The contract describes the duties to be performed by RCI employees in a 25-page Statement of Work. The responsibilities include: control and management of hazardous materials, administrative support for students and staff, inventory of supplies at the base, re-supply of needed materials at the base, and student housing assistance. (Contract § C-5, Gov't Ex. A-3.) With regard to the student/staff support function, for example, the contract requires, among other things, that "[t]he Contractor personnel shall provide liaison between the student and/or staff member and PSD [Personnel Support Detachment] regarding personnel information, military pay and allowances and other personnel support required for the accomplishment of SERVSCOLCOM mission. This function is conducted continuously on a daily basis via personal visits to PSD, telephone and electronic media." (Contract § 5.3.5, Gov't Ex. A-3.) This description is typical; the contract carefully delineated all of the tasks required and the frequency with which they must be carried out, but did not dictate precisely how the tasks are to be accomplished. The contract also listed the minimum qualifications for the various jobs titles, such as the "student/staff support function." (Contract Attachment 8, Gov't Ex. A-3.)

The contract provided the government personnel who had been performing the services contemplated by the contract would remain on-site for 30 days after RCI's commencement of performance under the contract (which the court understands was on or after March 31, 1997, the date the contract was awarded to RCI) in order to ensure a smooth transition to RCI personnel, to turn over files, documents and publications, and to respond to inquiries. (Id., § 1.11.) Brian Johnson, Vice-President of RCI, explained that he understood the term "independent non-personal contract" to mean that the government did not specify nor care how the services were to be provided, as long as they were done as required. As a result, RCI did not replace every former Naval employee with an RCI employee; instead, it eliminated some jobs that were not deemed necessary to accomplish the requirements of the contract. (Johnson Dep., at 28, 56-57.) Under the contract, RCI provided a site manager and assistant site manager to oversee the other RCI employees at the SSC. (Wells Dep., at 20.) RCI also provided supervisors in charge of each of the training schools at the base (e.g. Diesel School, Engineering Corps School, Gun School, Advance Electric Training Course, Seamen Apprenticeship Training Division ("Seamen ATD"), Communications Navigation Division), as well as employees working under these supervisors to provide administrative services. (Id., at 21-24.) Although the record is unclear on this point, the court understands that the positions described above were previously held by employees of the Navy. (Id., at 20-24.)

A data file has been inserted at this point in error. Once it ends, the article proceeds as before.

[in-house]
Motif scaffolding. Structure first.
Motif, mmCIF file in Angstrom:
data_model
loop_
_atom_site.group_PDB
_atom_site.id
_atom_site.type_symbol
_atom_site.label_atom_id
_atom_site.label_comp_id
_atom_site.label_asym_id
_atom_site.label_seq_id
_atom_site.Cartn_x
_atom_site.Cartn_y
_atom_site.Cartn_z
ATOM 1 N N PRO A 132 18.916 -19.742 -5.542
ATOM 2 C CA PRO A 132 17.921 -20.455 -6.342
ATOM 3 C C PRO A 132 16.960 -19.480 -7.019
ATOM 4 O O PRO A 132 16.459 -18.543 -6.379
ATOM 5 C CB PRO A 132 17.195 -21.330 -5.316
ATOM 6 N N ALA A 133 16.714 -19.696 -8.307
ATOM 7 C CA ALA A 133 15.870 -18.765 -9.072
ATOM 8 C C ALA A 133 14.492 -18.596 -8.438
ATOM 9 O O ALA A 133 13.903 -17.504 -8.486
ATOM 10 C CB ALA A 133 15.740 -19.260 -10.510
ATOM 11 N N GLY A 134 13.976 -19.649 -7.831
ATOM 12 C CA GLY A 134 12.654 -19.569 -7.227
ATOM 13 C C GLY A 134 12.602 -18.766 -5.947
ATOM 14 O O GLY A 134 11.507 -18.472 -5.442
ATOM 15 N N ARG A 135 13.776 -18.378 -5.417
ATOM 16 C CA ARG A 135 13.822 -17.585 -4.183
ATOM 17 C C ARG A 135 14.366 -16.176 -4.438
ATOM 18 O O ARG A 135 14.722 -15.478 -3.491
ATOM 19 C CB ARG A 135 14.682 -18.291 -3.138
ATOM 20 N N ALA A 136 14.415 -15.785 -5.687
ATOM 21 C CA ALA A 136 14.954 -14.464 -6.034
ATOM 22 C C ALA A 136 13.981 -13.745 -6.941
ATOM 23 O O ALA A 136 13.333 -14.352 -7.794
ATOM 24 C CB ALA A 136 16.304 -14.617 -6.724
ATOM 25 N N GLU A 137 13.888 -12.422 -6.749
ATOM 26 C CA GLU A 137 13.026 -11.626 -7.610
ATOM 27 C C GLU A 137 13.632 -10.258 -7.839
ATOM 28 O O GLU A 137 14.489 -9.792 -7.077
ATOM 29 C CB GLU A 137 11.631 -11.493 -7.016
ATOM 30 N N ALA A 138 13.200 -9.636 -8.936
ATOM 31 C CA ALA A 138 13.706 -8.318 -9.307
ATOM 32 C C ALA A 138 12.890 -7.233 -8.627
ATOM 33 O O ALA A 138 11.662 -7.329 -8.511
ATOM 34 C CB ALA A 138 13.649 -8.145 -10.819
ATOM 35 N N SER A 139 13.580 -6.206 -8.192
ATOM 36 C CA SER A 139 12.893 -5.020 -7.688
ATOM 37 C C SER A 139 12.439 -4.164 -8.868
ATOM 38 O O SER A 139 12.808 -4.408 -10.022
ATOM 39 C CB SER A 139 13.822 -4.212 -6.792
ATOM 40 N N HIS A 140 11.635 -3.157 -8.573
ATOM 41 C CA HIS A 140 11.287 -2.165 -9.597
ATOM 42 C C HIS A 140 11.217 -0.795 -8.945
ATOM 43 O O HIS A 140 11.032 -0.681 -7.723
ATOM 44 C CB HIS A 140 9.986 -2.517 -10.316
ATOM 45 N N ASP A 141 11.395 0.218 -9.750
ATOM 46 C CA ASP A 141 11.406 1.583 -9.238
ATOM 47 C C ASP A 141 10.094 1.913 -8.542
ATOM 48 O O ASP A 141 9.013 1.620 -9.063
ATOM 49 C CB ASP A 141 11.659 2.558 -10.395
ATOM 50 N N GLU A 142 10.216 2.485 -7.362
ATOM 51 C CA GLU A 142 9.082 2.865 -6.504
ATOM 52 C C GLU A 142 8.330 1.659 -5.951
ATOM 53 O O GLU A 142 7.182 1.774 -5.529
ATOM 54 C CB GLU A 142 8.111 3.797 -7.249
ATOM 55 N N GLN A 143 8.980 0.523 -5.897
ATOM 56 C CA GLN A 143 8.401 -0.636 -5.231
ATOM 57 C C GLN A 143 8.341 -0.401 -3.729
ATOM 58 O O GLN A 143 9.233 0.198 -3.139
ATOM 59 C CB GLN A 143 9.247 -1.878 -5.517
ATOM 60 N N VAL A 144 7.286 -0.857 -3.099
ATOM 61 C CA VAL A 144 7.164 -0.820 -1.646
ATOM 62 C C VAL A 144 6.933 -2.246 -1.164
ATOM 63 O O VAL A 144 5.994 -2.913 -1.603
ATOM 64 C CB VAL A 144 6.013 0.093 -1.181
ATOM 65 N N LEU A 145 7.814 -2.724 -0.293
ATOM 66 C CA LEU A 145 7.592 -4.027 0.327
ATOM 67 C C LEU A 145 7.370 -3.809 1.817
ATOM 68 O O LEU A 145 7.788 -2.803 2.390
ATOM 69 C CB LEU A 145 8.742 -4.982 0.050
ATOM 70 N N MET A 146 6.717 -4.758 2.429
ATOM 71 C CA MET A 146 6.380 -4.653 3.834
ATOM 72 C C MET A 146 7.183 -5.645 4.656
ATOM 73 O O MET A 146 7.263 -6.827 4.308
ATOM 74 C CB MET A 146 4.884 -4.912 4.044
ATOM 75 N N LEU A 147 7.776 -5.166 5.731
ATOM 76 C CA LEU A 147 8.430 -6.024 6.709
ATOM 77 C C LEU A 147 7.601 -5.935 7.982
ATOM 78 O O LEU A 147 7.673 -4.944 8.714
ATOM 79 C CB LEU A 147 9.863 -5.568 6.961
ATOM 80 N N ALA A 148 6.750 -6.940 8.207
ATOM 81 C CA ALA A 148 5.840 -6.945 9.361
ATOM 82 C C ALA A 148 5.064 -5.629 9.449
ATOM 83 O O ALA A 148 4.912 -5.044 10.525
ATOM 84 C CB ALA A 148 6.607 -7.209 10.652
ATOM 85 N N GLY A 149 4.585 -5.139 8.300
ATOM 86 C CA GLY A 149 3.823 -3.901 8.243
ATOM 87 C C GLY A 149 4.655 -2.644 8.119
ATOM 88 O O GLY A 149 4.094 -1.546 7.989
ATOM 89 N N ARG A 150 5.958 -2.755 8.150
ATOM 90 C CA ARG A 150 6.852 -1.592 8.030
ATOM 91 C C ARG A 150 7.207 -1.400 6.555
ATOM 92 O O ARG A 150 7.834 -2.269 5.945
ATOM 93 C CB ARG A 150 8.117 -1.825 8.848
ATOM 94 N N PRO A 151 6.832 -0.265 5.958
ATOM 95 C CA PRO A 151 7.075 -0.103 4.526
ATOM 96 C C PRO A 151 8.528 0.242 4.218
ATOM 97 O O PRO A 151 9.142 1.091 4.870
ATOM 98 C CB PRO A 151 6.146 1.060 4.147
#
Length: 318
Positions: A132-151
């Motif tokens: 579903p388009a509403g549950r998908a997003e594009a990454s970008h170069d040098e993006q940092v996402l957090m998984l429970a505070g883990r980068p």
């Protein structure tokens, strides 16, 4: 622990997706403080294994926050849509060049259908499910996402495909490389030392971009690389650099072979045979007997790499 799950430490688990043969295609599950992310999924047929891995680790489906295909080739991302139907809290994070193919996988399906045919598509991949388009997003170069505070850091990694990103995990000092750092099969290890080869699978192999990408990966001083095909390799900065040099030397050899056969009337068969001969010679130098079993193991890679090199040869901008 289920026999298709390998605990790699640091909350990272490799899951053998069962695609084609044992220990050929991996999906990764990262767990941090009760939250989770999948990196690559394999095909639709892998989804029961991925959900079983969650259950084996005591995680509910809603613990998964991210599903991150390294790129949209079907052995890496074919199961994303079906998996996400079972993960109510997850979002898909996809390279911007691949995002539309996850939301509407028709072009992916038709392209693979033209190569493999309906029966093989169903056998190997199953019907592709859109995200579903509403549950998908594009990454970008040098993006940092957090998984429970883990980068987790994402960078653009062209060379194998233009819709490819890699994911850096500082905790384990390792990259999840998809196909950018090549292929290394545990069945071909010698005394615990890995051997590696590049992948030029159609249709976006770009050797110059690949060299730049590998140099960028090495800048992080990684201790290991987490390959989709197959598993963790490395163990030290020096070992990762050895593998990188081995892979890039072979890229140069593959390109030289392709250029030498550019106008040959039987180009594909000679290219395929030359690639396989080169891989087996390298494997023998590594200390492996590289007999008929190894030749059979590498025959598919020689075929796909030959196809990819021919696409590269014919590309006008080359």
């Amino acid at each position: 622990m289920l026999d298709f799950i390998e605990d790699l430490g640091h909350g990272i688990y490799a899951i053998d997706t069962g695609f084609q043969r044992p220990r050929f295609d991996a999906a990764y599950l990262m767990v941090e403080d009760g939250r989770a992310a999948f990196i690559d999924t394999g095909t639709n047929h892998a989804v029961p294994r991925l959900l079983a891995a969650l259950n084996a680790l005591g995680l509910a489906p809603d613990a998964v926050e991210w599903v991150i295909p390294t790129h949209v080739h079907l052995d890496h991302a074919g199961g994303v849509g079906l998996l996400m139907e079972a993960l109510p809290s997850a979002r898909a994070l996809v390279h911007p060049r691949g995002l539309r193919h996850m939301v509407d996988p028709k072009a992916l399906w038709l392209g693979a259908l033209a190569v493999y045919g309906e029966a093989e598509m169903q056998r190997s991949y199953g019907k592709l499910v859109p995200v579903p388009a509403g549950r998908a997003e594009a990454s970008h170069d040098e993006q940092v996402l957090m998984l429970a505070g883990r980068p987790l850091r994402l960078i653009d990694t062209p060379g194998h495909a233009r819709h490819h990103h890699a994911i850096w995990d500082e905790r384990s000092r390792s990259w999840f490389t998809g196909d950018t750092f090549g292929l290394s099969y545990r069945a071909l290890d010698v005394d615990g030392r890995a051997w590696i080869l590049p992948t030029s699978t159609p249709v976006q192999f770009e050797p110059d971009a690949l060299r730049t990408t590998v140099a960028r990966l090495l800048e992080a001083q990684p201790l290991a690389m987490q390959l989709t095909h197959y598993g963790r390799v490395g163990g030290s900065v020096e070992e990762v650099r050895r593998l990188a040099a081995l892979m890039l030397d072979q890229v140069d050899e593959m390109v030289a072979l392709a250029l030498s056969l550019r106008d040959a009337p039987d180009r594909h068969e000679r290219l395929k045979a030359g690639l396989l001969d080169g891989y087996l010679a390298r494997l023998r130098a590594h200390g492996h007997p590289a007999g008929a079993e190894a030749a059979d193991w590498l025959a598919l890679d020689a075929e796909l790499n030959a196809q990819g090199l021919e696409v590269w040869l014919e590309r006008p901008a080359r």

The United States Department of Labor established all of the job qualifications and classifications and set the minimum wage RCI employees were required to receive, and set the dress code for RCI employees working under the contract. (Anastasi Dep., at 18.) RCI supervisors were responsible, however, for ensuring that its employees met the requirements, and RCI had responsibility for their supervision, oversight, and evaluation. (Anastasi Dep., at 18.) Witt stated that although he did not believe they were required to do so under the contract, RCI supervisors instructed their employees to comport themselves in a manner appropriate for working on a military base. (Witt Dep., at 97-98.)